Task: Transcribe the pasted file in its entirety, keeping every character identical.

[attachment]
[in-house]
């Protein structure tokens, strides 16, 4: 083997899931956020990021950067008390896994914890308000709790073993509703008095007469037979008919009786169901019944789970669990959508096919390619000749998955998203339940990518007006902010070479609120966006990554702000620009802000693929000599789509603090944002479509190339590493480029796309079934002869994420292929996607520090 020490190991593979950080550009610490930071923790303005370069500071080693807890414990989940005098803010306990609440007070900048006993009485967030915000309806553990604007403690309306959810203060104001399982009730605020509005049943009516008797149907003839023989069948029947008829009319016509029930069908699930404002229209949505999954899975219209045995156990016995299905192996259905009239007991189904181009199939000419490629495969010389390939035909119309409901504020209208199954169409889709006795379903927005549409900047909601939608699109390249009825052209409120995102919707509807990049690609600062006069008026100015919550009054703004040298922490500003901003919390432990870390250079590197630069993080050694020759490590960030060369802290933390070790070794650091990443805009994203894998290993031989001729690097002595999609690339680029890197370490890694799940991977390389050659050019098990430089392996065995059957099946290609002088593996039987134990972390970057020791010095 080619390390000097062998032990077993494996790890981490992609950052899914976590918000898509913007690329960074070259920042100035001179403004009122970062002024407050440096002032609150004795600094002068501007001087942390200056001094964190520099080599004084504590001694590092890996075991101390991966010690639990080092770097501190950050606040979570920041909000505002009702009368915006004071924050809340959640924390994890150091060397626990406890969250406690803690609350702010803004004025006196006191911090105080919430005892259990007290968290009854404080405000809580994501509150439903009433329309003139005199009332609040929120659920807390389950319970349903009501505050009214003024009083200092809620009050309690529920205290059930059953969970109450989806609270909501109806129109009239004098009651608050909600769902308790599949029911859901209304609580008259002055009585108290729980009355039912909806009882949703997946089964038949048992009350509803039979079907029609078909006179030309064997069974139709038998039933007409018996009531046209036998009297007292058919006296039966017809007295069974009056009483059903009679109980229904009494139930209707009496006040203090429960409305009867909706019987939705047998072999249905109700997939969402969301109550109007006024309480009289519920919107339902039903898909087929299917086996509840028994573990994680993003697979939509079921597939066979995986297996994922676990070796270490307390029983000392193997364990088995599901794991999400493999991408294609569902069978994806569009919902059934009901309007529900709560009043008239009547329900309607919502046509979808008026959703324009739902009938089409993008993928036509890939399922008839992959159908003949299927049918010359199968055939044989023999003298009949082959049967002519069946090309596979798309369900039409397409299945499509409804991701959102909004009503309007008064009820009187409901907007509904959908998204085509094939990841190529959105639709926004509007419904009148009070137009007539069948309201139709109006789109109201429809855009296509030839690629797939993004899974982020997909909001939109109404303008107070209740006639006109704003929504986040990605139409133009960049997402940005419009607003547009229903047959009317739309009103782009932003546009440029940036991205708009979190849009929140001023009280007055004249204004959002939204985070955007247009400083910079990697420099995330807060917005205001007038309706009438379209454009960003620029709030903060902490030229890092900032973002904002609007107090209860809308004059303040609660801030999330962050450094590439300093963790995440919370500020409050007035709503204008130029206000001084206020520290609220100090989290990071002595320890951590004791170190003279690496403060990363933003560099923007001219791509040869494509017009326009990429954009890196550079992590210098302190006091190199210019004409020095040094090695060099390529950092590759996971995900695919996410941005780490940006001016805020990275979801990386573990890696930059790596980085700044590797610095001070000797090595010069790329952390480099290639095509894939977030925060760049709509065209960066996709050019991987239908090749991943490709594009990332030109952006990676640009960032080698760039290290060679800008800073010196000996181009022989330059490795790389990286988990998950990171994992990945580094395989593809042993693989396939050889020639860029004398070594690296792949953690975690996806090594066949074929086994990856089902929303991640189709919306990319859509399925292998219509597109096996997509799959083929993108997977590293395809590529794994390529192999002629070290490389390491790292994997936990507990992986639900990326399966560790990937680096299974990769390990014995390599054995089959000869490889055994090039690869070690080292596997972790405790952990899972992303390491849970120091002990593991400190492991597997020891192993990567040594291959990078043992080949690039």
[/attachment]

[in-house]
């Protein structure tokens, strides 16, 4: 083997899931956020990021950067008390896994914890308000709790073993509703008095007469037979008919009786169901019944789970669990959508096919390619000749998955998203339940990518007006902010070479609120966006990554702000620009802000693929000599789509603090944002479509190339590493480029796309079934002869994420292929996607520090 020490190991593979950080550009610490930071923790303005370069500071080693807890414990989940005098803010306990609440007070900048006993009485967030915000309806553990604007403690309306959810203060104001399982009730605020509005049943009516008797149907003839023989069948029947008829009319016509029930069908699930404002229209949505999954899975219209045995156990016995299905192996259905009239007991189904181009199939000419490629495969010389390939035909119309409901504020209208199954169409889709006795379903927005549409900047909601939608699109390249009825052209409120995102919707509807990049690609600062006069008026100015919550009054703004040298922490500003901003919390432990870390250079590197630069993080050694020759490590960030060369802290933390070790070794650091990443805009994203894998290993031989001729690097002595999609690339680029890197370490890694799940991977390389050659050019098990430089392996065995059957099946290609002088593996039987134990972390970057020791010095 080619390390000097062998032990077993494996790890981490992609950052899914976590918000898509913007690329960074070259920042100035001179403004009122970062002024407050440096002032609150004795600094002068501007001087942390200056001094964190520099080599004084504590001694590092890996075991101390991966010690639990080092770097501190950050606040979570920041909000505002009702009368915006004071924050809340959640924390994890150091060397626990406890969250406690803690609350702010803004004025006196006191911090105080919430005892259990007290968290009854404080405000809580994501509150439903009433329309003139005199009332609040929120659920807390389950319970349903009501505050009214003024009083200092809620009050309690529920205290059930059953969970109450989806609270909501109806129109009239004098009651608050909600769902308790599949029911859901209304609580008259002055009585108290729980009355039912909806009882949703997946089964038949048992009350509803039979079907029609078909006179030309064997069974139709038998039933007409018996009531046209036998009297007292058919006296039966017809007295069974009056009483059903009679109980229904009494139930209707009496006040203090429960409305009867909706019987939705047998072999249905109700997939969402969301109550109007006024309480009289519920919107339902039903898909087929299917086996509840028994573990994680993003697979939509079921597939066979995986297996994922676990070796270490307390029983000392193997364990088995599901794991999400493999991408294609569902069978994806569009919902059934009901309007529900709560009043008239009547329900309607919502046509979808008026959703324009739902009938089409993008993928036509890939399922008839992959159908003949299927049918010359199968055939044989023999003298009949082959049967002519069946090309596979798309369900039409397409299945499509409804991701959102909004009503309007008064009820009187409901907007509904959908998204085509094939990841190529959105639709926004509007419904009148009070137009007539069948309201139709109006789109109201429809855009296509030839690629797939993004899974982020997909909001939109109404303008107070209740006639006109704003929504986040990605139409133009960049997402940005419009607003547009229903047959009317739309009103782009932003546009440029940036991205708009979190849009929140001023009280007055004249204004959002939204985070955007247009400083910079990697420099995330807060917005205001007038309706009438379209454009960003620029709030903060902490030229890092900032973002904002609007107090209860809308004059303040609660801030999330962050450094590439300093963790995440919370500020409050007035709503204008130029206000001084206020520290609220100090989290990071002595320890951590004791170190003279690496403060990363933003560099923007001219791509040869494509017009326009990429954009890196550079992590210098302190006091190199210019004409020095040094090695060099390529950092590759996971995900695919996410941005780490940006001016805020990275979801990386573990890696930059790596980085700044590797610095001070000797090595010069790329952390480099290639095509894939977030925060760049709509065209960066996709050019991987239908090749991943490709594009990332030109952006990676640009960032080698760039290290060679800008800073010196000996181009022989330059490795790389990286988990998950990171994992990945580094395989593809042993693989396939050889020639860029004398070594690296792949953690975690996806090594066949074929086994990856089902929303991640189709919306990319859509399925292998219509597109096996997509799959083929993108997977590293395809590529794994390529192999002629070290490389390491790292994997936990507990992986639900990326399966560790990937680096299974990769390990014995390599054995089959000869490889055994090039690869070690080292596997972790405790952990899972992303390491849970120091002990593991400190492991597997020891192993990567040594291959990078043992080949690039």